Evidence-based research on the efficacy of psychologic interventions in bipolar disorders: a critical review. (Dec. 2005)


ladybug-I've seen a psychologist before... he's the one who recommended "Feeling Good" to me. We have 10 free sessions with a psychologist per year, provided by the university, so that is why I went. I think they tend to recommend the books because they know they have to work with that time constraint. Seeing someone is definitely an option for me, and it sounds like you really found it beneficial... I'm glad that it worked for you. May I ask how long you went for?

Daniel, thanks so much for posting those abstracts. I'm new here, so I must say it is very refreshing to find a forum where people are reading the literature and are not militantly anti-meds. This place is exactly what I was looking for! Anyways, I'm definitely in the 12-or-more episodes category, so perhaps I shouldn't expect CBT to "fix" everything, but I have found some benefit from it and find myself using the techniques in my everyday life.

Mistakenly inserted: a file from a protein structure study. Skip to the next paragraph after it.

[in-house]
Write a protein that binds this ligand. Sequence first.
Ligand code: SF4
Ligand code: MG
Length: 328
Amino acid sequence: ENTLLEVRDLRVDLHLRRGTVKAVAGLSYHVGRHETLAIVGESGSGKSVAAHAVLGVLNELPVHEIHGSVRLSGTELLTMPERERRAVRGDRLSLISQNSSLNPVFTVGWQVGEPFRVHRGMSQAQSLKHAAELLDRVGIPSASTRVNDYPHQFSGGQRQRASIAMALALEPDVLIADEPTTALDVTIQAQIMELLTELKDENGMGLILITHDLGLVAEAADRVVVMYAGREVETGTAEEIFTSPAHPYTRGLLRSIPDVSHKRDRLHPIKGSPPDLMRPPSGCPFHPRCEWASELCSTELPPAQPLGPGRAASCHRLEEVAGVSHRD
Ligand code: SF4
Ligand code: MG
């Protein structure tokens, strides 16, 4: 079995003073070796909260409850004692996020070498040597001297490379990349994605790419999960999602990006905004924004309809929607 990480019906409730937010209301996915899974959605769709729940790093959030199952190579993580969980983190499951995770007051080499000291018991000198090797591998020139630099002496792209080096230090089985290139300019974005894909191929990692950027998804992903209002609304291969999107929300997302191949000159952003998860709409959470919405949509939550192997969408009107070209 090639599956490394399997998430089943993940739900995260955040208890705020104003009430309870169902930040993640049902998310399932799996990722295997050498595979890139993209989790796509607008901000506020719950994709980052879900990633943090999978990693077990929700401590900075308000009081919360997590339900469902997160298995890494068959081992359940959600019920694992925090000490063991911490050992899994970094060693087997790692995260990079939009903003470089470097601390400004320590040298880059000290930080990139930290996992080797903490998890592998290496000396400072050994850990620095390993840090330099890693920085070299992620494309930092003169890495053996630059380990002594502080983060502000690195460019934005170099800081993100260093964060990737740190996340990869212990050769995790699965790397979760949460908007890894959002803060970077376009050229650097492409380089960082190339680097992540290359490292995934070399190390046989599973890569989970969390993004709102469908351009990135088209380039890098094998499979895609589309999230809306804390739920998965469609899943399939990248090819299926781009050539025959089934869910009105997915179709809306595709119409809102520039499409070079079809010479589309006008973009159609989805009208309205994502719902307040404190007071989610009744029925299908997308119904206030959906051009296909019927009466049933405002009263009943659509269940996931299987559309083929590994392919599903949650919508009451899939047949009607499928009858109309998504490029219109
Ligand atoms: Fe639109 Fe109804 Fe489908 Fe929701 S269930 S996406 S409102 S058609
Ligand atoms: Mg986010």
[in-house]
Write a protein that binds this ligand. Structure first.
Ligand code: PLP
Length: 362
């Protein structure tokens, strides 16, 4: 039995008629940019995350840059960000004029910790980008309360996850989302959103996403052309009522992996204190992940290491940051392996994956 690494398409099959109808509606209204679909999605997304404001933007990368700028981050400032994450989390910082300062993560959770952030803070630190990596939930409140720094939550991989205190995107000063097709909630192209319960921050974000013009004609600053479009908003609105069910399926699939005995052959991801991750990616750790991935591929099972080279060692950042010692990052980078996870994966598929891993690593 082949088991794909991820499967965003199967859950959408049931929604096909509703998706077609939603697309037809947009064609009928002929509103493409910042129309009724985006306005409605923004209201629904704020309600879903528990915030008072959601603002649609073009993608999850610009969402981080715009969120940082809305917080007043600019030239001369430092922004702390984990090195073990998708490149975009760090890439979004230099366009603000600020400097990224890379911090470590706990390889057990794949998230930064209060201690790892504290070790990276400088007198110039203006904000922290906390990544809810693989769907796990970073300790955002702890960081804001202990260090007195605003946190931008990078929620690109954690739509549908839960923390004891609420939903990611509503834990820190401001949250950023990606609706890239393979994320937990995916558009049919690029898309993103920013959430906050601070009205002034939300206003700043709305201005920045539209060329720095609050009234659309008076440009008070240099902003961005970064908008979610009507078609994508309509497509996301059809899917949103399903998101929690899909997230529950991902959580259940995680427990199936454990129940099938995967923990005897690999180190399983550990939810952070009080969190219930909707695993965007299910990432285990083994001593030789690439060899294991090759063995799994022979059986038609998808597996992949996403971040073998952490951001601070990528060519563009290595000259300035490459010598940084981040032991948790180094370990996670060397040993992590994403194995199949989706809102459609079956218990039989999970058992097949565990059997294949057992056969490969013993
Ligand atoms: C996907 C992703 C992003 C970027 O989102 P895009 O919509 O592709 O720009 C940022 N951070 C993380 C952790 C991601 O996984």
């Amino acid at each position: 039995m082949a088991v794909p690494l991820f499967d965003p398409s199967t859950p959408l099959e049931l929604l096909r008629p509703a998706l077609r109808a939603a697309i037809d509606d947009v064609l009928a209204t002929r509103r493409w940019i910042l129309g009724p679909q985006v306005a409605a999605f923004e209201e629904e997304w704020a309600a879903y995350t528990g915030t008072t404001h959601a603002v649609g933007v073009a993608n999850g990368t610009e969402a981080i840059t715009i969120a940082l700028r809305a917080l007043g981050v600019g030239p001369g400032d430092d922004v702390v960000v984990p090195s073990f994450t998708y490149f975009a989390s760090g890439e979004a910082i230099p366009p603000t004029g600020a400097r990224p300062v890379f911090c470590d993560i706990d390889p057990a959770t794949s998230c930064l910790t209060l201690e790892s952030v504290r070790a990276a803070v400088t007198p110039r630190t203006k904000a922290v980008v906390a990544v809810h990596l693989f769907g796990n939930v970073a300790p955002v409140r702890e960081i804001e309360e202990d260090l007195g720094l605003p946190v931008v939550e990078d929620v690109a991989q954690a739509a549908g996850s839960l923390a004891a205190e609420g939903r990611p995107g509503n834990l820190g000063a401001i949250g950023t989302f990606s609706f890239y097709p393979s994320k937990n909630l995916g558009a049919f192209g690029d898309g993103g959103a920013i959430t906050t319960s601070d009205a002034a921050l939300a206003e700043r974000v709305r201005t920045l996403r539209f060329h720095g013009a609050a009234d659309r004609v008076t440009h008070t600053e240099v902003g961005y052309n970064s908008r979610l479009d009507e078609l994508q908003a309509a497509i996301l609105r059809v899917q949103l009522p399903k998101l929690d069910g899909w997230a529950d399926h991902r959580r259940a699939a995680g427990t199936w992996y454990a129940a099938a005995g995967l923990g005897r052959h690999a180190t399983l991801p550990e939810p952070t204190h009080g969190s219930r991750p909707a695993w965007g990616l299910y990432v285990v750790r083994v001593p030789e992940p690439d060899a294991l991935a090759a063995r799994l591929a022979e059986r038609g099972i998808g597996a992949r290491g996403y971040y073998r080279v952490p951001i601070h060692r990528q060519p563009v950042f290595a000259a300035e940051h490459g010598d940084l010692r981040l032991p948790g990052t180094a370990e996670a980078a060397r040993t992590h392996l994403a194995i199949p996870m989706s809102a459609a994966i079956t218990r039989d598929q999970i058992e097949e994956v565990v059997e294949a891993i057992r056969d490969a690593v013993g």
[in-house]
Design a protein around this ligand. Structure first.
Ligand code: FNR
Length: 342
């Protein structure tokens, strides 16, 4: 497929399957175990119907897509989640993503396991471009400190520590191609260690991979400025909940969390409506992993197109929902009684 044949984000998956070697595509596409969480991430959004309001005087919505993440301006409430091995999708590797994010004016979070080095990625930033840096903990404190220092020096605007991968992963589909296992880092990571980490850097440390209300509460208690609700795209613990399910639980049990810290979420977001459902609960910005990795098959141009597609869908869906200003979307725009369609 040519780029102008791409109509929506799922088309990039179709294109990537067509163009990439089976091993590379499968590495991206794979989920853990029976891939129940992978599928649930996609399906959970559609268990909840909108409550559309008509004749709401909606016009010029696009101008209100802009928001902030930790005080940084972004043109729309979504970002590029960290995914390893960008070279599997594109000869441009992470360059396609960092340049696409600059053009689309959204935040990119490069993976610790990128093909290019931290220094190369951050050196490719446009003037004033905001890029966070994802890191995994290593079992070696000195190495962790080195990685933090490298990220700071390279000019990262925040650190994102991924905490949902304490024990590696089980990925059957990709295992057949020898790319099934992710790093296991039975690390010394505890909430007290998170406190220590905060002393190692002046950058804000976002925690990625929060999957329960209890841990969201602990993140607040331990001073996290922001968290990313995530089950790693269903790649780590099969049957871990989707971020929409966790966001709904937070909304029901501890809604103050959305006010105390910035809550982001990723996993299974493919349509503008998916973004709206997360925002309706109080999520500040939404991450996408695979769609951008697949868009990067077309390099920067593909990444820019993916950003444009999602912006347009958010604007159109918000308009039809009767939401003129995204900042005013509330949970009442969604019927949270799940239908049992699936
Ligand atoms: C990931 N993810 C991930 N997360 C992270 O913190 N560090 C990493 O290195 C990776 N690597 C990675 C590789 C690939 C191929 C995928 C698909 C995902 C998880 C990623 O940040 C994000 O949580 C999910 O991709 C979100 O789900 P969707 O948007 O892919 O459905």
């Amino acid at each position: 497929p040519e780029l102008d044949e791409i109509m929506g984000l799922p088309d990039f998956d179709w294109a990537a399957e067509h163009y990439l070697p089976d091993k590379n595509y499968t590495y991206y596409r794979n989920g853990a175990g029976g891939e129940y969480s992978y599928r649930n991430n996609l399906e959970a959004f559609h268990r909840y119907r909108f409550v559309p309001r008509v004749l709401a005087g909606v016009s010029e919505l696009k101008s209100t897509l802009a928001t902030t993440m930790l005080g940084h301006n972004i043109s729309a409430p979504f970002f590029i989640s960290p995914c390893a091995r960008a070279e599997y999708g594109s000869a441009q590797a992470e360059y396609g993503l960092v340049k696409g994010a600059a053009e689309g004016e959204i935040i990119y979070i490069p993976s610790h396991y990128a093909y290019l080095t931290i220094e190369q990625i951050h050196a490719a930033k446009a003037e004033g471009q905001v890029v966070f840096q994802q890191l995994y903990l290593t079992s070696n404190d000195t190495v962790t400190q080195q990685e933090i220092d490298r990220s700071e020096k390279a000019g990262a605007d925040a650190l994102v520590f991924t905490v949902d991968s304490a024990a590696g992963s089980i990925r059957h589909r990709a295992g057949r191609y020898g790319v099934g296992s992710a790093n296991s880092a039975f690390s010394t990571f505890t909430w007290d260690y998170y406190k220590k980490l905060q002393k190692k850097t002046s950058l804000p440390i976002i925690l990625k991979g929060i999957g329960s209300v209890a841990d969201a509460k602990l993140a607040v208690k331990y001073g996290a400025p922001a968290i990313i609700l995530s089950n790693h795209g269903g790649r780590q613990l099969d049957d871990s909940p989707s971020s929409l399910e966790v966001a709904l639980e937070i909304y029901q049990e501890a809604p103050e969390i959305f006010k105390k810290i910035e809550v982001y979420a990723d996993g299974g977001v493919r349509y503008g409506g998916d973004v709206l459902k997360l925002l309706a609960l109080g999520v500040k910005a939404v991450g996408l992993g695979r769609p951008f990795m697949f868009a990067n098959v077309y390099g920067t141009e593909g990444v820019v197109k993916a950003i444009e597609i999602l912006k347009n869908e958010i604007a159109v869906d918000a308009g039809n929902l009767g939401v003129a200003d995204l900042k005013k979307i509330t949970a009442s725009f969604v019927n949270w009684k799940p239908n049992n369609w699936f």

miette, i started the cbt work just about at the start of august (if i remember correctly) and am just about finished. so all in all it took me 4 months. i have the impression though that for others it could be done in less time, so it kind of depends on the person. i have the same book as you.